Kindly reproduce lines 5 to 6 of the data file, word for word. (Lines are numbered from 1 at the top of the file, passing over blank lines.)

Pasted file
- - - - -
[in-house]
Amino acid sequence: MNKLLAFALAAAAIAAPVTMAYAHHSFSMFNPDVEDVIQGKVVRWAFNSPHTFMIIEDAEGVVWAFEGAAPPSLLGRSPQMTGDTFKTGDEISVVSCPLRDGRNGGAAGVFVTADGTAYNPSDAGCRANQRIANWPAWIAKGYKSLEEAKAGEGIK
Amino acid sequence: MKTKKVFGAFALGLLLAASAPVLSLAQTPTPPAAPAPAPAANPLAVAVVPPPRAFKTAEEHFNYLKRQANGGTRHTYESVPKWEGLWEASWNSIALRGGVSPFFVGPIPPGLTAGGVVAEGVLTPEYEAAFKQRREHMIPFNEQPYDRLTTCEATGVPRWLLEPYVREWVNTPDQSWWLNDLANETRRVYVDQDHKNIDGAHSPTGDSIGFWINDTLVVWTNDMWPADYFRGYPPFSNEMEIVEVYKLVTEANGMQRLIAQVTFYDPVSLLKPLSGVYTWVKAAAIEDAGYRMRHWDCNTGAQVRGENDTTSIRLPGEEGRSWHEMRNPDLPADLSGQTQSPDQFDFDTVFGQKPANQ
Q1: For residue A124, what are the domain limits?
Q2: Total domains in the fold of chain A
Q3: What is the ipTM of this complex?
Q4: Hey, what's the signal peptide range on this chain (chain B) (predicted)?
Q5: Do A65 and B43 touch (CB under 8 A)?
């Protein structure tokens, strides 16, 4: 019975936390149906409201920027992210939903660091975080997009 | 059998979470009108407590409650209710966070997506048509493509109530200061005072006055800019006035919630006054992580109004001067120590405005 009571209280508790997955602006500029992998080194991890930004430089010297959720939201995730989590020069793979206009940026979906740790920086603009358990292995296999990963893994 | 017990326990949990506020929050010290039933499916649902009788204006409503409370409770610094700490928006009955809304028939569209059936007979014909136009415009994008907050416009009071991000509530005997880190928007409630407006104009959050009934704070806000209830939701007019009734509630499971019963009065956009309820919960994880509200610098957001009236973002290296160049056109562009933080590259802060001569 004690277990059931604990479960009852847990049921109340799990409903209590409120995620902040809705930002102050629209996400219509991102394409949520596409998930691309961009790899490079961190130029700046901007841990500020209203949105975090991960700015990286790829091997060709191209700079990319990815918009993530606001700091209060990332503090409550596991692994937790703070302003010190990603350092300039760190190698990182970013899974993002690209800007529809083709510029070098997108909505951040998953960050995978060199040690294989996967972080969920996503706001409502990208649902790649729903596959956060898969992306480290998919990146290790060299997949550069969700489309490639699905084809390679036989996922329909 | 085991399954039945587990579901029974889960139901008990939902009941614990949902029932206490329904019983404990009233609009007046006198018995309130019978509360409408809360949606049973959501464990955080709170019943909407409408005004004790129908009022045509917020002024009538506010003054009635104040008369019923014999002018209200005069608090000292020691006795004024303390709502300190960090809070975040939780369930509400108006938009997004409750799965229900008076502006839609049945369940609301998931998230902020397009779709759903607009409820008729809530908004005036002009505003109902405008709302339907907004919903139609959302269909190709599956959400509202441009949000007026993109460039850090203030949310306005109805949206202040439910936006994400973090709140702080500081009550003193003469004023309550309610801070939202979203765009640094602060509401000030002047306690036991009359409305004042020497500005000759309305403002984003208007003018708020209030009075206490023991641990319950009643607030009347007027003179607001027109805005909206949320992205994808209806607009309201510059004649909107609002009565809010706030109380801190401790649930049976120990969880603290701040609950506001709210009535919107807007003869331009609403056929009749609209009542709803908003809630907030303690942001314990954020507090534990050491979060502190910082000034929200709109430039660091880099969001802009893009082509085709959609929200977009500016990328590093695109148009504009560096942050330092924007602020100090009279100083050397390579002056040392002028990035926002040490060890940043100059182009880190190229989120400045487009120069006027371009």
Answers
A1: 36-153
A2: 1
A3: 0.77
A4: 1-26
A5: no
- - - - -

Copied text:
Q2: Total domains in the fold of chain A
Q3: What is the ipTM of this complex?